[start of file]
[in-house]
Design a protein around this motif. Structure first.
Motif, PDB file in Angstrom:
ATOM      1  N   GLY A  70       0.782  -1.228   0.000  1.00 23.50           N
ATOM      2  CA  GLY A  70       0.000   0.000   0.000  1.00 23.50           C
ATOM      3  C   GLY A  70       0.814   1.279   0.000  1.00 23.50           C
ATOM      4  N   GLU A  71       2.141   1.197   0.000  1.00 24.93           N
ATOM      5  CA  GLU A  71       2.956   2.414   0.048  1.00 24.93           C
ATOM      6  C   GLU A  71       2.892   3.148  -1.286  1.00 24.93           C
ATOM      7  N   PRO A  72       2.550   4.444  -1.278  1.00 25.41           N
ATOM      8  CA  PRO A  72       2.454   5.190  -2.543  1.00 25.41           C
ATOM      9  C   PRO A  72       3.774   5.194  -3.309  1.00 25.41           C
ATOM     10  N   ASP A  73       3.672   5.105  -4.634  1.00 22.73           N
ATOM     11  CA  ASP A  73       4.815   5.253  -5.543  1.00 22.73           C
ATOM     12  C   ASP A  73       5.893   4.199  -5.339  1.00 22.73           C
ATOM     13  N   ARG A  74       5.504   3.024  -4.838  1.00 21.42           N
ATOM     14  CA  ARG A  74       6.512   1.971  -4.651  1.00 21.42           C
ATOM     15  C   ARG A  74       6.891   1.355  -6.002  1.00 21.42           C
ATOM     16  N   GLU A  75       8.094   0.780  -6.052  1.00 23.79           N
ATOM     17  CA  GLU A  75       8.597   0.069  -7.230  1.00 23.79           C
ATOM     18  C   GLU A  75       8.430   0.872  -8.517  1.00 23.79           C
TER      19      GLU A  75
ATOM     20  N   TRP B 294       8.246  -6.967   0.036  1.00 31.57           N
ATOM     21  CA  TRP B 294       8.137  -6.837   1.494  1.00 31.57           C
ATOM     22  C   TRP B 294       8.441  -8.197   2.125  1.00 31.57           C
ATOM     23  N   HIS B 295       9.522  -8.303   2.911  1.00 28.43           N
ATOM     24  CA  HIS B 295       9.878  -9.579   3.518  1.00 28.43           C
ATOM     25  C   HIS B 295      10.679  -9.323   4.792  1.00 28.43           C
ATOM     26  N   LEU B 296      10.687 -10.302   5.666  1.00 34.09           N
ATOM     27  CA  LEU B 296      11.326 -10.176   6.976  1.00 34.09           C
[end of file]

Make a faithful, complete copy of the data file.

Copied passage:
[in-house]
Design a protein around this motif. Structure first.
Motif, PDB file in Angstrom:
ATOM      1  N   GLY A  70       0.782  -1.228   0.000  1.00 23.50           N
ATOM      2  CA  GLY A  70       0.000   0.000   0.000  1.00 23.50           C
ATOM      3  C   GLY A  70       0.814   1.279   0.000  1.00 23.50           C
ATOM      4  N   GLU A  71       2.141   1.197   0.000  1.00 24.93           N
ATOM      5  CA  GLU A  71       2.956   2.414   0.048  1.00 24.93           C
ATOM      6  C   GLU A  71       2.892   3.148  -1.286  1.00 24.93           C
ATOM      7  N   PRO A  72       2.550   4.444  -1.278  1.00 25.41           N
ATOM      8  CA  PRO A  72       2.454   5.190  -2.543  1.00 25.41           C
ATOM      9  C   PRO A  72       3.774   5.194  -3.309  1.00 25.41           C
ATOM     10  N   ASP A  73       3.672   5.105  -4.634  1.00 22.73           N
ATOM     11  CA  ASP A  73       4.815   5.253  -5.543  1.00 22.73           C
ATOM     12  C   ASP A  73       5.893   4.199  -5.339  1.00 22.73           C
ATOM     13  N   ARG A  74       5.504   3.024  -4.838  1.00 21.42           N
ATOM     14  CA  ARG A  74       6.512   1.971  -4.651  1.00 21.42           C
ATOM     15  C   ARG A  74       6.891   1.355  -6.002  1.00 21.42           C
ATOM     16  N   GLU A  75       8.094   0.780  -6.052  1.00 23.79           N
ATOM     17  CA  GLU A  75       8.597   0.069  -7.230  1.00 23.79           C
ATOM     18  C   GLU A  75       8.430   0.872  -8.517  1.00 23.79           C
TER      19      GLU A  75
ATOM     20  N   TRP B 294       8.246  -6.967   0.036  1.00 31.57           N
ATOM     21  CA  TRP B 294       8.137  -6.837   1.494  1.00 31.57           C
ATOM     22  C   TRP B 294       8.441  -8.197   2.125  1.00 31.57           C
ATOM     23  N   HIS B 295       9.522  -8.303   2.911  1.00 28.43           N
ATOM     24  CA  HIS B 295       9.878  -9.579   3.518  1.00 28.43           C
ATOM     25  C   HIS B 295      10.679  -9.323   4.792  1.00 28.43           C
ATOM     26  N   LEU B 296      10.687 -10.302   5.666  1.00 34.09           N
ATOM     27  CA  LEU B 296      11.326 -10.176   6.976  1.00 34.09           C